- Phillip: hand over Edmund de la Pole, Earl of Suffolk
- Both: also negotiate the Intercursus Malus


What was the Intercursus Malus (1506)?

Intercursus Malus (1506)
- Between: Henry VII + Phillip
- Trading aspect of the Treaty of Windsor
- Aimed to improve trade to benefit English merchants
- Never ratified


When was the Intercursus Magnus ratified?



When was the Intercursus Malus ratified?



Was Henry VII’s foreign policy regarding Burgundy, Netherlands + Holy Roman Empire successful?

- In short term: unsuccessful, as England suffered economic losses (from 3 yr trade embargo + lending money to leaders)
- In long term: successful, gained recognition from leaders, stopped harbouring of pretenders + regained the threat Edmund de la Pole
- At very end of reign: slight threat from not being included in League of Cambrai superpower alliance (1508)


Give evidence that Henry VII lent money to the leaders of Burgundy/Netherlands/HRE?

1505: Lent Phillip of Castile £138,000
1505-09: Lent Habsburgs £342,000


What were the main aspects of Henry VII’s foreign policy in Spain?

- Treaty of Medina del Campo (1489)
- Marriage of Arthur + Catherine (1501)
- Death of Arthur + proposal for Catherine’s new marriage to Henry (1502)
- Death of Isabella + start of Castilian Succession Crisis (1504)
- Treaty of Windsor + Phillip’s death + end of Castilian Succession Crisis with Ferdinand the successor (1506)
- League of Cambrai (1508)


Who was the leader of Spain at the start of Henry VII’s reign?

- Spain was divided into 2 kingdoms
- Most important kingdoms (Aragon + Castile) were ruled over by the married leaders: King Ferdinand of Aragon + Queen Isabella of Castile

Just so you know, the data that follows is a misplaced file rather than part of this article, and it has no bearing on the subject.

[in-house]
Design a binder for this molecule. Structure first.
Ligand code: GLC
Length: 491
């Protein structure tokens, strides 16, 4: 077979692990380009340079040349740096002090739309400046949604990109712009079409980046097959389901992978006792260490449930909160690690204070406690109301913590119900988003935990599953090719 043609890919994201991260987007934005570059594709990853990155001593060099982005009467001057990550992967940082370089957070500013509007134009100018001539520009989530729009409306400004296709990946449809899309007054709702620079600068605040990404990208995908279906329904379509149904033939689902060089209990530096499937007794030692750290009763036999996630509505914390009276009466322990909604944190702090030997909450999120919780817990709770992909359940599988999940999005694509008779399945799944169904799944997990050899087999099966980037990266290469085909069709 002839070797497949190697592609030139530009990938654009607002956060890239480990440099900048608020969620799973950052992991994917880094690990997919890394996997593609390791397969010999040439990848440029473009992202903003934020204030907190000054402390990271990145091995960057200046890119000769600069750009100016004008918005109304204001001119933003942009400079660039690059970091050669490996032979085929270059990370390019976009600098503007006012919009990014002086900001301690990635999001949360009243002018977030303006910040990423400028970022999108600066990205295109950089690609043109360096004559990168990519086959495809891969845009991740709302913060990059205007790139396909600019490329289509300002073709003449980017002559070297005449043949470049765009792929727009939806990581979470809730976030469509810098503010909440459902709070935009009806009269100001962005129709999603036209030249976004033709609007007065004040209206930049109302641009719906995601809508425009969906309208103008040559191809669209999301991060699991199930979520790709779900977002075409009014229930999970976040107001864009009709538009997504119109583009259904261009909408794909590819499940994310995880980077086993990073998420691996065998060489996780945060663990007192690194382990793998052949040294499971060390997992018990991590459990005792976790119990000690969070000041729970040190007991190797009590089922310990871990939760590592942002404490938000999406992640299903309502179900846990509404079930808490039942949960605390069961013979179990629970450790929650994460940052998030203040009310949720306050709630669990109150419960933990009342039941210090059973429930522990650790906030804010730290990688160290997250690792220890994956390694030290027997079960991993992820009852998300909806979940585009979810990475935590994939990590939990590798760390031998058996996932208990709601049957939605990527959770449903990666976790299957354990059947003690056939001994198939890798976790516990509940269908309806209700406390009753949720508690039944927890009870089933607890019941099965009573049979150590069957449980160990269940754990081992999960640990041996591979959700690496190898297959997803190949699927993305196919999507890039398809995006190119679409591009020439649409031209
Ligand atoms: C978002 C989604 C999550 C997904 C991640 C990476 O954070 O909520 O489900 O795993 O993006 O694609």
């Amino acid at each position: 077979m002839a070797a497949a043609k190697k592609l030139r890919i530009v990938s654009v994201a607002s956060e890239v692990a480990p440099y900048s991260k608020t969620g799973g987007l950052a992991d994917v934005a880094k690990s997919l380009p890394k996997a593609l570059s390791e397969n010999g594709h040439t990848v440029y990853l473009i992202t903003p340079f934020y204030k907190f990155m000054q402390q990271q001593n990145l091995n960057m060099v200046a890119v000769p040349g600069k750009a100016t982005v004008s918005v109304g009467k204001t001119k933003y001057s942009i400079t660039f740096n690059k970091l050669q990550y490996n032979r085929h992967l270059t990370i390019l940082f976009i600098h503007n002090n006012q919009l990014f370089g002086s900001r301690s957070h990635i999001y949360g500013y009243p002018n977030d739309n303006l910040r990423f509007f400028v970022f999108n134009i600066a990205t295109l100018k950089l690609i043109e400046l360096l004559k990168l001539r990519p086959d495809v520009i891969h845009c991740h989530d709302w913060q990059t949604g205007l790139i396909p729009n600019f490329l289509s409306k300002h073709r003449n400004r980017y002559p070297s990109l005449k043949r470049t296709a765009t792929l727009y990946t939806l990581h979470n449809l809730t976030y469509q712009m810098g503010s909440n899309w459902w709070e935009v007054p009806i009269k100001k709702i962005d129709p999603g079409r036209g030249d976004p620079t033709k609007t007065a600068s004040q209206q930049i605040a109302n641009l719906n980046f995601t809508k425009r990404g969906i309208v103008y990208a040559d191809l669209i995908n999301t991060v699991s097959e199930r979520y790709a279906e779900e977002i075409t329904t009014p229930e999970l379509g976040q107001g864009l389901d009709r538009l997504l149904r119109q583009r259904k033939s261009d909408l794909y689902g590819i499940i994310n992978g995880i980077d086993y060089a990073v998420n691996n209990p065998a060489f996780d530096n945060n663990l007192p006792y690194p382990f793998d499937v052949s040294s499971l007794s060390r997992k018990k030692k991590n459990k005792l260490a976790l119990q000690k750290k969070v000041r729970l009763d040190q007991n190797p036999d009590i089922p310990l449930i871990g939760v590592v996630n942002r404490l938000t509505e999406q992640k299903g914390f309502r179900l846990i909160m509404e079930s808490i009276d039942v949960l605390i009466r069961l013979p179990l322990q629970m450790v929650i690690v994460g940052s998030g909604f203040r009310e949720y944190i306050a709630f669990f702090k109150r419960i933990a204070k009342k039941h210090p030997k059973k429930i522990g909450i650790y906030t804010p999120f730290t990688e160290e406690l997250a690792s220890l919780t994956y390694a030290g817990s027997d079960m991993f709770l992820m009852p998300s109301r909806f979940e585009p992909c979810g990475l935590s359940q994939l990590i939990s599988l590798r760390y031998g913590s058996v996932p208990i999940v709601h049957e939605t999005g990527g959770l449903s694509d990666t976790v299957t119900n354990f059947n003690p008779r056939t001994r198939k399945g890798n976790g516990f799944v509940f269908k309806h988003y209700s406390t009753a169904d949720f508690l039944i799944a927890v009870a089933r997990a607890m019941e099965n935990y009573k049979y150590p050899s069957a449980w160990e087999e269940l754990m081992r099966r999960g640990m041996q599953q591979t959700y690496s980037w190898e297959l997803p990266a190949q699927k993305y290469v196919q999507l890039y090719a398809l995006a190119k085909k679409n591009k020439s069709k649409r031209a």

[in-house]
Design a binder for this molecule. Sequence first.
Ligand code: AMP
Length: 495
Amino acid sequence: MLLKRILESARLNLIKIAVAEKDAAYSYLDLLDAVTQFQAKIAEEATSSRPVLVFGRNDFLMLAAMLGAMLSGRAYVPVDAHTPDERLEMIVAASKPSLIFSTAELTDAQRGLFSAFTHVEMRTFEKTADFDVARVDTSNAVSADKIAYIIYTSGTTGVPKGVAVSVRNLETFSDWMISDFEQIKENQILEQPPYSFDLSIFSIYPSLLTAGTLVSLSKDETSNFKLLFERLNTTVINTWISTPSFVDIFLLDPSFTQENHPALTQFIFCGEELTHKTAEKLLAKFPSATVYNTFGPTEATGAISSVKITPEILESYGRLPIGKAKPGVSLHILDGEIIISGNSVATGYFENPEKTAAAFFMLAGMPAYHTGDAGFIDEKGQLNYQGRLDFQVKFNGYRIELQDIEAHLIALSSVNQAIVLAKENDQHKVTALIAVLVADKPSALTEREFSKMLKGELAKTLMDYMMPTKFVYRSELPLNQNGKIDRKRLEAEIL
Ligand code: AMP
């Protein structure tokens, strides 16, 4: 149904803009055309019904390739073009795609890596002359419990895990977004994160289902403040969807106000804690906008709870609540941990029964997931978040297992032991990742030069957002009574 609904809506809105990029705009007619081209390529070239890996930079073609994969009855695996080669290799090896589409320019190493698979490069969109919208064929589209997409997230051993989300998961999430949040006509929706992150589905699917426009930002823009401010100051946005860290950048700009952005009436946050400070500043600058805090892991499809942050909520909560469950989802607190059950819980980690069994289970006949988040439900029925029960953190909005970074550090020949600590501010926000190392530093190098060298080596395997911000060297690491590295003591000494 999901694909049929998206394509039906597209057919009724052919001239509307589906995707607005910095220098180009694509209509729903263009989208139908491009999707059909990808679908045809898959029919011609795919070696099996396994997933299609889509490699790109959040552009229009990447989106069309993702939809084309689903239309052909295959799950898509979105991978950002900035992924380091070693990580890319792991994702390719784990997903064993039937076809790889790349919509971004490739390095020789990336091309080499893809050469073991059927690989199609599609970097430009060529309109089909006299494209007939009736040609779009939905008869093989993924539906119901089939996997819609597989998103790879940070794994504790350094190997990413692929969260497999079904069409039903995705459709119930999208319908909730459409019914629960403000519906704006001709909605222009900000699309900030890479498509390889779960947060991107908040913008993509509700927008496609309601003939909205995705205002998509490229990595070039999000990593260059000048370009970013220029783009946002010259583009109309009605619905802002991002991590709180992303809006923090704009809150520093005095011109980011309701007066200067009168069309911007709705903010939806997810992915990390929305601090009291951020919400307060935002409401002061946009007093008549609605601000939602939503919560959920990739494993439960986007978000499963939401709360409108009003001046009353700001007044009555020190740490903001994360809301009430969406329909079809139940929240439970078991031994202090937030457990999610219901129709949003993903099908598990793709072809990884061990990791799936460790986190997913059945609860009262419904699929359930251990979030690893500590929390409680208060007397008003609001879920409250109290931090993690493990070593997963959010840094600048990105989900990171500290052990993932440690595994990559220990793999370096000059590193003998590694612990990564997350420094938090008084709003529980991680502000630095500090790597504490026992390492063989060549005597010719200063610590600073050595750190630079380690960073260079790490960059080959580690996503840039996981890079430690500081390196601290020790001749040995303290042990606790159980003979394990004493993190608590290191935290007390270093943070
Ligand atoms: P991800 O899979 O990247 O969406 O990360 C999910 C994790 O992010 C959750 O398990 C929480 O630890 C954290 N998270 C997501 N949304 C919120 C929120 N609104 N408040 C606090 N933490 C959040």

What was the Treaty of Medina del Campo?

Treaty of Medina del Campo (1489)
- Between: England + Spain
- Both agreed: mutual protection, no harbouring of rebels/pretenders, marriage of Prince Arthur + Princess Catherine


When did Prince Arthur marry Princess Catherine?



When did Prince Arthur die? How old was he? Why did he die?

- April 1502
- Aged 15
- Died of ‘sweating sickness’


Who proposed the marriage of Prince Henry to Princess Catherine after the death of Arthur? Why?

Henry VII (Ferdinand less sure: expensive for papal dispensation + less reliant on the alliance)
- Wanted to keep alliance with superpower
- Wanted to keep Catherine’s dowry


Why did it take so long for Prince Arthur + Princess Catherine to get married?

- Henry VII + Ferdinand disagreed over size of Catherine’s dowry
- Ferdinand reluctant whilst Perkin Warbeck was a serious threat


Why did Queen Isabella’s death start the Castilian Succession Crisis (1504-06)?

Conflict between...
- Joanna (Isabella’s daughter) + Philip (her husband, leader of Burgundy + Netherlands, son of HRE Maximilian I)
- Ferdinand (Isabella’s husband, leader of Aragon)